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Table 1. Sweet cherry compatibility and bloom timing.

Compatibility
Pollination Period
Group*
I
II
III
Group I (S1S2)
Group II (S1S3)

Black
Tartarian
Samba

Group III (S3S4)

Somerset

Group IV (S2S3)
Group VI (S3S6)

Burgsdorf
(Self fertile)

Tulare

Group XIII (S2S4)


Group XVI (S3S9)

Merchant?

Bing
Royal Anne
(Napolean)
Emperor
Francis
Vega
Hartland

Group XXI (S4S9)

Merchant?

Group XXII
(S3S12)
Unknown Groups &
S-allelles

Group ?? (S1S13)
Self-fertile
with S4' allele
(universal donors)

Chelan
Burlat

Empress
NY 412068

Supreme
Rons Seedling
Earlise (Rivedel)
Simone
Summer Jewel
PC 7147-1
NY 564

Lapins
Sweetheart
Index
Sir Don
Sir Tom

Summit
Van
Early Robin

Group VII (S3S5)


Group VIII (S2S5)
Group IX (S1S4)

IV

Vista
Rainier
Black Republican
Bada
Royalton
Tieton

Australise (Arodel)
PC 7616-4
Salmo
PC 7064-3
NY 9801
Early Burlat
NY 7679
NY 7690
Sunburst
NY 270
NY 414205
NY 2131
NY 413087
Black Douglas
Staccato
Stella (S3S4)
Symphony
Selah
Santina
Celeste
Glacier
Starkcrimson
(S3S4)?
Sir Douglas (S3S4)
NY 13696 (S3S4)?
NY 13788 (S3S4)?
NY 13791 (S3S4)?

Cristalina
Olympus
Sonnet
Lambert

Regina

Kordia
Starks Gold

Cristobalina
(Self fertile)
Hedelfingen

Sylvia

Hudson

Sam

Vic
Angela
Kristen
Nordwunder
Sam
PC 7309-4
PC 8008-1
NY 410213
NY 412113
PC 8007-2
NY 9295
Kiona (PC
8007-2)
Skeena
Sandra Rose
Sonata
Cashmere
White Gold
(NY13688)
(S3S4)
Summit
Dame Nancy
Sir Hans
(S2S4)

Schneiders
0900 Zirat
Napoleon
St Margaret
Ulster
PC 7636-1

Stardust
Benton
Black Gold
Dame Roma
(S4S13)

*Self-sterile cultivars require a pollinizer. The pollinizer must be from a different compatibility group and must bloom at the same time
in order for pollination to take place. Self-fertile cultivars can be pollinated with their own pollen and consequently do not need a
pollinizer cultivar.

What are S-alleles and other pollination questions?


For cherry trees to have a plentiful crop the flowers must be pollinated with compatible pollen; the
pollen must then grow down the pistil (stigma and style) and fertilize the egg or ovule in the ovary.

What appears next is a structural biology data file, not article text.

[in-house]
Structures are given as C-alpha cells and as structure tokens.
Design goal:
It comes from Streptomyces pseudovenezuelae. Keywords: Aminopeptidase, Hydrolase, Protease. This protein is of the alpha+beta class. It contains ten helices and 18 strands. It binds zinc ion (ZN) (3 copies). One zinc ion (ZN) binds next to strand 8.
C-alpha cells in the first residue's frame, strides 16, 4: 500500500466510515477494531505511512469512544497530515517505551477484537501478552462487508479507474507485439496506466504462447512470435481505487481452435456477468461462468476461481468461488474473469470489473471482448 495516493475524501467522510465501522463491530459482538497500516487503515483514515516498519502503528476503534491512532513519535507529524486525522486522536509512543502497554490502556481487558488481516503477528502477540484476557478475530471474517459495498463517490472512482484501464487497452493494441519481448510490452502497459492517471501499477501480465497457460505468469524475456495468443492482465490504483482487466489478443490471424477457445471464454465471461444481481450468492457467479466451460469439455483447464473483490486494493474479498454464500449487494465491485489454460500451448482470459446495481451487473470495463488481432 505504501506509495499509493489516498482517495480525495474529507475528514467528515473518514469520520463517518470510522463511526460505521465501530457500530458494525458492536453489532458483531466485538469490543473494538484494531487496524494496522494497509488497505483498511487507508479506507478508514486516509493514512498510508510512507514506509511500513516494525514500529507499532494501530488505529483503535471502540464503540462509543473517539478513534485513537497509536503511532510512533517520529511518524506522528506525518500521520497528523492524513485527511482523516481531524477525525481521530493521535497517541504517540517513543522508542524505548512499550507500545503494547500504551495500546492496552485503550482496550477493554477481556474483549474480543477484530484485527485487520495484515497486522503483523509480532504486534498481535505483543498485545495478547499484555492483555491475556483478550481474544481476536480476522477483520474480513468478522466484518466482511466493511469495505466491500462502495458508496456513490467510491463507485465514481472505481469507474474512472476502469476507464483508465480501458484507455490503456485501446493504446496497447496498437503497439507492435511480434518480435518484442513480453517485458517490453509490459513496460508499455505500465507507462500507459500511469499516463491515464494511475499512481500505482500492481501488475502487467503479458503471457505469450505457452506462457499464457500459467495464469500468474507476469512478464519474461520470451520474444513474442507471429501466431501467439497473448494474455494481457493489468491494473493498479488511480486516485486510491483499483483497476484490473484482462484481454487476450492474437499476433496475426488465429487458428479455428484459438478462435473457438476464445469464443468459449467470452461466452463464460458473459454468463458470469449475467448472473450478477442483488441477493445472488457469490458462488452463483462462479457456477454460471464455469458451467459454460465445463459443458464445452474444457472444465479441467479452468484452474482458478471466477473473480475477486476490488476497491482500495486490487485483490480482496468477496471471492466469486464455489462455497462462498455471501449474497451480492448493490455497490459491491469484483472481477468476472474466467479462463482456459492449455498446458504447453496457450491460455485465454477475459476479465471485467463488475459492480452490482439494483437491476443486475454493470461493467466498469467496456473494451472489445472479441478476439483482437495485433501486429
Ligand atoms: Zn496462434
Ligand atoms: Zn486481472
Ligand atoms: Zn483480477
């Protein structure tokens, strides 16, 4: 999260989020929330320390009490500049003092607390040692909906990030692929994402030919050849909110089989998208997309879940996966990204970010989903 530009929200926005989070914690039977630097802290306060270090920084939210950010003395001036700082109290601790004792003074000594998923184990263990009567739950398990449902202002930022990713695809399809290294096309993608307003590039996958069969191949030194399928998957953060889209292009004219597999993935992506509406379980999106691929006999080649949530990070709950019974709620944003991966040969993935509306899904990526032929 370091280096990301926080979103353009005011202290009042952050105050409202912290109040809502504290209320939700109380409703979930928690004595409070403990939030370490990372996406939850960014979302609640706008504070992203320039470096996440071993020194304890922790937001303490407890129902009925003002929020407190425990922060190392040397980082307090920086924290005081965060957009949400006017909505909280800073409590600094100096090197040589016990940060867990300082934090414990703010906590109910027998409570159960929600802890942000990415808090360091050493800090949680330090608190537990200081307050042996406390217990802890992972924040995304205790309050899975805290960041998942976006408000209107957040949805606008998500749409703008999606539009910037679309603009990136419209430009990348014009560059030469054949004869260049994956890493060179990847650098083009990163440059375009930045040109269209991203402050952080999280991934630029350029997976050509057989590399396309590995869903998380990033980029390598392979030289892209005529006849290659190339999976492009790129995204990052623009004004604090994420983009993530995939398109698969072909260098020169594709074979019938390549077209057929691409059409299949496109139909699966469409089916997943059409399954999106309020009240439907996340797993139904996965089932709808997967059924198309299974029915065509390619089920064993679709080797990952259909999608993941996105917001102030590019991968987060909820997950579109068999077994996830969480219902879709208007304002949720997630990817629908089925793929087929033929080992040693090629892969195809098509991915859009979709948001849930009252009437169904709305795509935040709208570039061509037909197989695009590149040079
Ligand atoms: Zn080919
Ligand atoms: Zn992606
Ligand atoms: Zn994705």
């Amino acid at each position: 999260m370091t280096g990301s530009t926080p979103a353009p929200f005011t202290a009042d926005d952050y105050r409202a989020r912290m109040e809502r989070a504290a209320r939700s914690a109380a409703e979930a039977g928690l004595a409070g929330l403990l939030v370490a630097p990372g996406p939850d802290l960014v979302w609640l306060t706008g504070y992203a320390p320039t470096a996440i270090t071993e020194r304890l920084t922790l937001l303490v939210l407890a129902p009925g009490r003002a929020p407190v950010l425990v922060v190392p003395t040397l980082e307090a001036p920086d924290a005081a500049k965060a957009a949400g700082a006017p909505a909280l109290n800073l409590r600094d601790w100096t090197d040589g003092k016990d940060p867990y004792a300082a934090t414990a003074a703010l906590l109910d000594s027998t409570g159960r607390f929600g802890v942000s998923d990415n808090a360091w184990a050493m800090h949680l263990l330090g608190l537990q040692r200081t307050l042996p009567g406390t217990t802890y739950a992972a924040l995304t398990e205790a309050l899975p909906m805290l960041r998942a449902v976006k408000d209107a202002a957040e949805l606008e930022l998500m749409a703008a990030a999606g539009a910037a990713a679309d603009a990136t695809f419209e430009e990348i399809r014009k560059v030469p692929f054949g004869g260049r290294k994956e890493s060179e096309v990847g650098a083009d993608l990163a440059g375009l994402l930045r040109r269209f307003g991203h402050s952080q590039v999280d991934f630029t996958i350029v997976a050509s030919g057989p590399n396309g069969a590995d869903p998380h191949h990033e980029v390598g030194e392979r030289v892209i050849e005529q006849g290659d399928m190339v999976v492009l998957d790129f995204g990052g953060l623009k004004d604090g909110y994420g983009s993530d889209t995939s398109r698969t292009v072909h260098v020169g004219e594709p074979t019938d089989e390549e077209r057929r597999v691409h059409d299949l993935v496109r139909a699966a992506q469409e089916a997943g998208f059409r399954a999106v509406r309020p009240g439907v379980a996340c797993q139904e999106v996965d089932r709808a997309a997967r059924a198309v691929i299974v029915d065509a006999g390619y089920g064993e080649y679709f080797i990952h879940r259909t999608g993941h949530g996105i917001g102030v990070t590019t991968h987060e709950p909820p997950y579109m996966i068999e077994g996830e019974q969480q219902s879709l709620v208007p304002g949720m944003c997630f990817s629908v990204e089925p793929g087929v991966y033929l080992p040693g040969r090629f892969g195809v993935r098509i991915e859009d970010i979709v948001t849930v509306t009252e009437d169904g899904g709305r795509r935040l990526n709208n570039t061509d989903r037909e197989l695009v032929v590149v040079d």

Difficulties can arise at any of the steps in the process which can affect the outcome and result in
reduced fruit set. This article briefly summarizes the cherry pollination process and provides a few
suggestions to ensure adequate pollination and fruit set.
The first step in the process is the transfer of compatible pollen from a pollinizing variety to a
receptive stigma. Bees are the predominate pollinators in cherry orchards however other insects are
also involved to some degree. Most sweet cherry varieties are self incompatible and the majority are
also incompatible with other varieties within the same incompatibility group. Over the years sweet
cherry varieties with the same S-alleles have been placed in compatibility groups. Varieties within
groups are not only self-incompatible they are also incompatible with other varieties within the group.
For example Cristalina and Van are both in Group II and therefore cannot be used to pollinate
themselves or each other. On the other hand all varieties in one group are compatible with varieties in
another group.
Compatibility groups are listed below.
Therefore with traditional self-incompatible varieties a second pollinizing variety needs to be planted
within the orchard and you must ensure that not only are they compatible but that the flowering period
overlaps. This can be difficult if the bloom period is very early or very late. With the release of Stella in
1968 the first self-fertile variety with a reasonable level of fruit quality was available for growers. This
then provided the possibility for single variety orchards and a more consistent cropping pattern. Also
these self-fertile varieties are able to pollinate other varieties as long as their bloom periods
overlapped.
Parts of a cherry flower:
from: www.ualr.edu/botany

For sweet cherries, pollen compatibility is controlled by a single genetic locus with many alleles (Salleles) and these have been named S1, S2, S3, etc. Pollen will contain one of the S-alleles whereas
the tissue of the pistil will have two S-alleles. Pollen with a single S-allele in common with either of the
S-alleles in the pistil will be rejected by the pistil and unable to grow down the style as in Example A
below. This would occur if the pollen came from trees of the same variety or from trees of varieties in
the same compatibility group.
Pollen with an S-allele different from the S-alleles of the pistil would be able to grow down the style